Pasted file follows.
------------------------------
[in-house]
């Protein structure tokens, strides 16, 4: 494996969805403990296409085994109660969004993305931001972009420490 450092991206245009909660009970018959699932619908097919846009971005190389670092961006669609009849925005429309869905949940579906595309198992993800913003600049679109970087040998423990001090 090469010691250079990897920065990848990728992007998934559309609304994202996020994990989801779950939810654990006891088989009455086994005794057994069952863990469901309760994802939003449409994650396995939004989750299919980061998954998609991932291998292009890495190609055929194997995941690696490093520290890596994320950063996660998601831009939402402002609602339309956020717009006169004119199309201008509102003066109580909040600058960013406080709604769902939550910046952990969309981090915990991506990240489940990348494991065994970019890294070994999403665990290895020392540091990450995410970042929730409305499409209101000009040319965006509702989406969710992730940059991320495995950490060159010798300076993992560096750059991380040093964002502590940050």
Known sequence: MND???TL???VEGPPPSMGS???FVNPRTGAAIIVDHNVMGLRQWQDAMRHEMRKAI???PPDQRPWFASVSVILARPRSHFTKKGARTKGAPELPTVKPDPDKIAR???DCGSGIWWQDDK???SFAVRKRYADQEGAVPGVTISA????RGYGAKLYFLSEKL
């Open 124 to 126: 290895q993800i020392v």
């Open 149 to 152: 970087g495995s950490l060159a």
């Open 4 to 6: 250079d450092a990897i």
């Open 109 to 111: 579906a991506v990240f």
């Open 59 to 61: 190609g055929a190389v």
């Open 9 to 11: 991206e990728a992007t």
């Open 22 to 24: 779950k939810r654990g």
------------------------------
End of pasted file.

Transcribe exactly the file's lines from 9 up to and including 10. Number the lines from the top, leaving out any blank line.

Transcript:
């Open 9 to 11: 991206e990728a992007t």
């Open 22 to 24: 779950k939810r654990g």